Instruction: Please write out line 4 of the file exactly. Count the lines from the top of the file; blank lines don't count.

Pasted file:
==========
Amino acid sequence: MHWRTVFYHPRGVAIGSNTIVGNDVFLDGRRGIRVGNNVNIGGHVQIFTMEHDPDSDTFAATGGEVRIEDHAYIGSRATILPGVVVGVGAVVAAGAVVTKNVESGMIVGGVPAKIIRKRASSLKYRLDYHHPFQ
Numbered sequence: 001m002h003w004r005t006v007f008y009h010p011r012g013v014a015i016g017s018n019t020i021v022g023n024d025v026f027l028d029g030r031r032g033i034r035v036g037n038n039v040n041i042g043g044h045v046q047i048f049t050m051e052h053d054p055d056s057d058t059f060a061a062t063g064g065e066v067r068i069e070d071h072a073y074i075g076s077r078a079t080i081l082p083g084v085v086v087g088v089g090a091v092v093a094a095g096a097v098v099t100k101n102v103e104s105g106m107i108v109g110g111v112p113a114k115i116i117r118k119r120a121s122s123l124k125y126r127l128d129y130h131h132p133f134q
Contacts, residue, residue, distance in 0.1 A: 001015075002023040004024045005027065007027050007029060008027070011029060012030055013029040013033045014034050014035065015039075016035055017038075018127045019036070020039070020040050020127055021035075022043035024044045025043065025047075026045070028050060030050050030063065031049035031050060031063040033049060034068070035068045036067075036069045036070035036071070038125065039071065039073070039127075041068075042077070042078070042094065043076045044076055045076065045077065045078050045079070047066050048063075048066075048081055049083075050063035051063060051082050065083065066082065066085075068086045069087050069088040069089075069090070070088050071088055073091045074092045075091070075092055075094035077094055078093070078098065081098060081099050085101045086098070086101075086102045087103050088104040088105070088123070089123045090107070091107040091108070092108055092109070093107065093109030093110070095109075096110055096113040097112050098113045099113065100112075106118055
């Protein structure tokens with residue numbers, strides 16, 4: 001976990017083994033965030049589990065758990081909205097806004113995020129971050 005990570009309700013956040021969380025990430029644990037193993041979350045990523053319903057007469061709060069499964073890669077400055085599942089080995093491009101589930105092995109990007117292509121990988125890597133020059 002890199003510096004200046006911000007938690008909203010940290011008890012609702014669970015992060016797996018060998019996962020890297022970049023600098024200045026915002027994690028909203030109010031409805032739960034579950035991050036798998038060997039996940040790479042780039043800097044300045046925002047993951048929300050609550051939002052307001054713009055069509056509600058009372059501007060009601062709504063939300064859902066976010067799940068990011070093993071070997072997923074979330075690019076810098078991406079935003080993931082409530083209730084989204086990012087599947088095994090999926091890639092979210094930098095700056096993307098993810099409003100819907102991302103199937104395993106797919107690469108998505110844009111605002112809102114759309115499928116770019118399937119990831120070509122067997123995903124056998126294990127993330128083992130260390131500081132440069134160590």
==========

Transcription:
């Protein structure tokens with residue numbers, strides 16, 4: 001976990017083994033965030049589990065758990081909205097806004113995020129971050 005990570009309700013956040021969380025990430029644990037193993041979350045990523053319903057007469061709060069499964073890669077400055085599942089080995093491009101589930105092995109990007117292509121990988125890597133020059 002890199003510096004200046006911000007938690008909203010940290011008890012609702014669970015992060016797996018060998019996962020890297022970049023600098024200045026915002027994690028909203030109010031409805032739960034579950035991050036798998038060997039996940040790479042780039043800097044300045046925002047993951048929300050609550051939002052307001054713009055069509056509600058009372059501007060009601062709504063939300064859902066976010067799940068990011070093993071070997072997923074979330075690019076810098078991406079935003080993931082409530083209730084989204086990012087599947088095994090999926091890639092979210094930098095700056096993307098993810099409003100819907102991302103199937104395993106797919107690469108998505110844009111605002112809102114759309115499928116770019118399937119990831120070509122067997123995903124056998126294990127993330128083992130260390131500081132440069134160590």